The Stream, October 11: Sand Mining, Sea Level Rise Threaten Communities In India

The Global Rundown

The convergence of sand mining and rising global sea levels is putting communities in Tamil Nadu at risk of floods. Pakistan’s government is struggling to end energy shortages by 2018, in part by developing more hydropower. Thailand plans to build a water pipeline to the island of Samui, but it won’t come in time to alleviate the current drought. As the world prepares to enact the Paris climate agreement, cities will play a key role. Police in North Dakota continued to arrest more than two dozen protesters demonstrating against the Dakota Access pipeline.

“If you come back in six months, there may not even be a house left.” –Chandani Chandracruz, a resident of southern Tamil Nadu, on a combination of sea level rise and sand mining that has exposed coastal communities to floods and saltwater intrusion. (Guardian)

By The Numbers

30,000 cubic meters Amount of water that will be carried each day by a proposed pipeline connecting Thailand’s mainland with the island of Samui, where a drought has forced water rationing. Bangkok Post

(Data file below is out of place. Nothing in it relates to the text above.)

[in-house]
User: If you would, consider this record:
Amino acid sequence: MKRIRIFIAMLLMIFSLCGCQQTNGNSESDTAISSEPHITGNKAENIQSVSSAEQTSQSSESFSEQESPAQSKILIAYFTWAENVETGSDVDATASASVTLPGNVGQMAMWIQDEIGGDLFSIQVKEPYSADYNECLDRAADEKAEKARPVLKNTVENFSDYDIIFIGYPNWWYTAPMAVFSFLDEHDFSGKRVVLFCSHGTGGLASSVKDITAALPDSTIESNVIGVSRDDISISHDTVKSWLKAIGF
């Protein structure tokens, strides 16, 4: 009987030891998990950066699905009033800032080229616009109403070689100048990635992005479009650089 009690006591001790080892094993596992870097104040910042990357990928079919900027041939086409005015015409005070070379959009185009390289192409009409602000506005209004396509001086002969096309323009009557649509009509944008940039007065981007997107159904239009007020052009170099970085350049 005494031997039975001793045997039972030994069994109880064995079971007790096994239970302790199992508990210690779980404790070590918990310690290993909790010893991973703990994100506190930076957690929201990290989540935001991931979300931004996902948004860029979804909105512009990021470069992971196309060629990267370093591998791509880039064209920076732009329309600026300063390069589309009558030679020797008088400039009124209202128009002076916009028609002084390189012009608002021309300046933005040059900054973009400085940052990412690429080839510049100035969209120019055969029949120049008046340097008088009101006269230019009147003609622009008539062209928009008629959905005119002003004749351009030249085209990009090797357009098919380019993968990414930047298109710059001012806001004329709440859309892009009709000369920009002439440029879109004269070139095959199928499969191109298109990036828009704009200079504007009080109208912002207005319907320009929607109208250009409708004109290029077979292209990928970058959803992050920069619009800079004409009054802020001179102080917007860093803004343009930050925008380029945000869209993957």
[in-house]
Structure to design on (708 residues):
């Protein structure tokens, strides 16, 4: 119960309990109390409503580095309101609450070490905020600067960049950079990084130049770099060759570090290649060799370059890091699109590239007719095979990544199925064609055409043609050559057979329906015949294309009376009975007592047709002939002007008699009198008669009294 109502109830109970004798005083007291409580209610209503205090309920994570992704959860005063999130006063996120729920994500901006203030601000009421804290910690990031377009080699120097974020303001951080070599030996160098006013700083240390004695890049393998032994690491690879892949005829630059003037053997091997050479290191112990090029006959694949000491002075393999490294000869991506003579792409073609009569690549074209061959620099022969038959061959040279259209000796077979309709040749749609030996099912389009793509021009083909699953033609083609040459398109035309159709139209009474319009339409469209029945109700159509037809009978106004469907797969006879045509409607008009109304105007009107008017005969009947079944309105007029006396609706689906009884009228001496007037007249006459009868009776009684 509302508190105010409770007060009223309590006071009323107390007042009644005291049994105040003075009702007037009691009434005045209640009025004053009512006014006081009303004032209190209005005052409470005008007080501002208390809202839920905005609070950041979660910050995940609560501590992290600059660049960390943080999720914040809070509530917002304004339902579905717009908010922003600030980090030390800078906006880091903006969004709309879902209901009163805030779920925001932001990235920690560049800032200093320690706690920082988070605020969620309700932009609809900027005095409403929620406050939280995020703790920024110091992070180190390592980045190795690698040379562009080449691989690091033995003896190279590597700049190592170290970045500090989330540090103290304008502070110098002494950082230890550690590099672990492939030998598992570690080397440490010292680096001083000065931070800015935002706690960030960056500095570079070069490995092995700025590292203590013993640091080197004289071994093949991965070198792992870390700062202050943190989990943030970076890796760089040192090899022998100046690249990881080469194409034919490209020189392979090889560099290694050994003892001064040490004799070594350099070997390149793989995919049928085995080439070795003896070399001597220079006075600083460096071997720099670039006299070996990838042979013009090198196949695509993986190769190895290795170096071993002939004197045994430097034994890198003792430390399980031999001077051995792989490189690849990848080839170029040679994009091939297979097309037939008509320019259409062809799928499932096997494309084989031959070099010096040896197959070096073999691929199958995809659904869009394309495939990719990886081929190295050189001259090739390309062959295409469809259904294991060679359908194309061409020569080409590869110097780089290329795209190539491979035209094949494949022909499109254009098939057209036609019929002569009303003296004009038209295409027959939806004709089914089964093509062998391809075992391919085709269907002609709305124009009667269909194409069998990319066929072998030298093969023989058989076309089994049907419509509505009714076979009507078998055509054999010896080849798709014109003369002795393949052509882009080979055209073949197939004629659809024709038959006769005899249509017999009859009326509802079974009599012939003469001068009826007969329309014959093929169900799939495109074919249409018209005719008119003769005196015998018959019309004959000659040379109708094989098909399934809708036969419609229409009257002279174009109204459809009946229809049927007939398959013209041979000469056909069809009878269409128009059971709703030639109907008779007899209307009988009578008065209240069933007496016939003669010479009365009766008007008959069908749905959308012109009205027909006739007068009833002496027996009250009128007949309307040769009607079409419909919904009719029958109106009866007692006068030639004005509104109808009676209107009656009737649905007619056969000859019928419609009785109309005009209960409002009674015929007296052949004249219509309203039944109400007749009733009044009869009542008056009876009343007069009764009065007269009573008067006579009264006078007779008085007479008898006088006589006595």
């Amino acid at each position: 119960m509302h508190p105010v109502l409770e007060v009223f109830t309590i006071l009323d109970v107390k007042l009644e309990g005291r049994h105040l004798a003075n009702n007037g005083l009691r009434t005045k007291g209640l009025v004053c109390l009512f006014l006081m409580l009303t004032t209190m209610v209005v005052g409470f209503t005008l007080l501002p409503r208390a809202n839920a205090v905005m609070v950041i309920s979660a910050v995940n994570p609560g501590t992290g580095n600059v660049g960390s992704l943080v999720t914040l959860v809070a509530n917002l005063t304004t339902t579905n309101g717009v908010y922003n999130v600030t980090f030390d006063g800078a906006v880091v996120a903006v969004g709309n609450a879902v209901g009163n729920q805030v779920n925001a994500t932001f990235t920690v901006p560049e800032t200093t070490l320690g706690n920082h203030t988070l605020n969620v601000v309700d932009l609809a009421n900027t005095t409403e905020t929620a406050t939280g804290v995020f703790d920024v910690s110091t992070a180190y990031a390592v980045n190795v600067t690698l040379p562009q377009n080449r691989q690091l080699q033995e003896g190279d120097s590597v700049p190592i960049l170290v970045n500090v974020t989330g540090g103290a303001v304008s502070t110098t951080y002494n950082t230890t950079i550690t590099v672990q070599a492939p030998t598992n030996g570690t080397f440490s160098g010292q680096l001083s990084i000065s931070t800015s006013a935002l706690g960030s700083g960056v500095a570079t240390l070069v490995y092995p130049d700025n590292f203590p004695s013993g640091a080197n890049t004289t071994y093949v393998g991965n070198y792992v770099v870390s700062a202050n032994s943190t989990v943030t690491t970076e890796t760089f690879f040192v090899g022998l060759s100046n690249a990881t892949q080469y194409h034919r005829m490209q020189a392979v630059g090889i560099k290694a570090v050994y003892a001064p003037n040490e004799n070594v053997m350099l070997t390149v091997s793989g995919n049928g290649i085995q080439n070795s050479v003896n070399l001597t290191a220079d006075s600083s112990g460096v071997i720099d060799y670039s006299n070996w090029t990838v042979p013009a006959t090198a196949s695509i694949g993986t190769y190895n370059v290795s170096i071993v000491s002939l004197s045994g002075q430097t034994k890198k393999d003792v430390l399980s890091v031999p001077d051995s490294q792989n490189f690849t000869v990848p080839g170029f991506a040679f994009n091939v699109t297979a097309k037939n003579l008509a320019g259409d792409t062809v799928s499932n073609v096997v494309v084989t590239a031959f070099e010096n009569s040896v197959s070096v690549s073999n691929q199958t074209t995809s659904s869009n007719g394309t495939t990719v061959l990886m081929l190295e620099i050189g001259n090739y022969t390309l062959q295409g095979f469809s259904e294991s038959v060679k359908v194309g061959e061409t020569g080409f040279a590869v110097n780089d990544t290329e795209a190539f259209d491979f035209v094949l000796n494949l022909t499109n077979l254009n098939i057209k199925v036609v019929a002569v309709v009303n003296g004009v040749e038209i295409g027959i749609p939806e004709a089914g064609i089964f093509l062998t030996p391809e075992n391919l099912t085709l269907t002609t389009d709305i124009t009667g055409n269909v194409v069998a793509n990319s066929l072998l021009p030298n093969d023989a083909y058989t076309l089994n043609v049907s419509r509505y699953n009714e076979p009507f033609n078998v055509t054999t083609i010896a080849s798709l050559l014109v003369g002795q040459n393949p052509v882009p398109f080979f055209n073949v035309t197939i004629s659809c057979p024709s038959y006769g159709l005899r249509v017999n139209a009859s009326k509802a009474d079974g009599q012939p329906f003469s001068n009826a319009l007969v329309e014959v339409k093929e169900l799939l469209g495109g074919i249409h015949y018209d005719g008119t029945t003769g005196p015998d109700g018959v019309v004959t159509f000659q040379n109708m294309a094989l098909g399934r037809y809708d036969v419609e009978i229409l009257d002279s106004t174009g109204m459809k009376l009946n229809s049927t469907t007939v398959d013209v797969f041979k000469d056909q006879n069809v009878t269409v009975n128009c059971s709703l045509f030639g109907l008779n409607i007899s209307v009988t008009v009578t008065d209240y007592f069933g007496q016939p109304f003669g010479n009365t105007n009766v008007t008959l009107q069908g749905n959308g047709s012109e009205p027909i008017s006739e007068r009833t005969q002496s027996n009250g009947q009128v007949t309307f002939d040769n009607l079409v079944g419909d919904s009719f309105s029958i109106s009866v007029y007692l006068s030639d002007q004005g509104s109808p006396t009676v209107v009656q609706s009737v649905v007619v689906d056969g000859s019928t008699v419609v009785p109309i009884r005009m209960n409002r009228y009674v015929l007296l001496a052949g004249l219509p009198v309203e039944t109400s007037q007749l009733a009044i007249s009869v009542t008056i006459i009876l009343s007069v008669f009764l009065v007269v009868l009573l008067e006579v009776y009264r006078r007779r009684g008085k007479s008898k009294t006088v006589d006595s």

2 percent Amount of economic growth lost each year in Pakistan due to energy shortages. Hydropower is a major component of the government’s plan to generate enough power to meet demand by 2018. Reuters

Science, Studies, And Reports

Cities around the world will play a crucial role in cutting carbon emissions and realizing the Paris climate agreement, which goes into effect next month. Experts estimate that $57 trillion will need to be invested over the next two decades in water, transportation, and energy infrastructure to meet the goal. Reuters

On The Radar

Police arrested 27 more protesters near the site of the Dakota Access oil pipeline in North Dakota, which resumed construction after an injunction was lifted Sunday. Opponents of the line fear that it will contaminate water supplies and destroy sites that are culturally significant to the Standing Rock Sioux. Guardian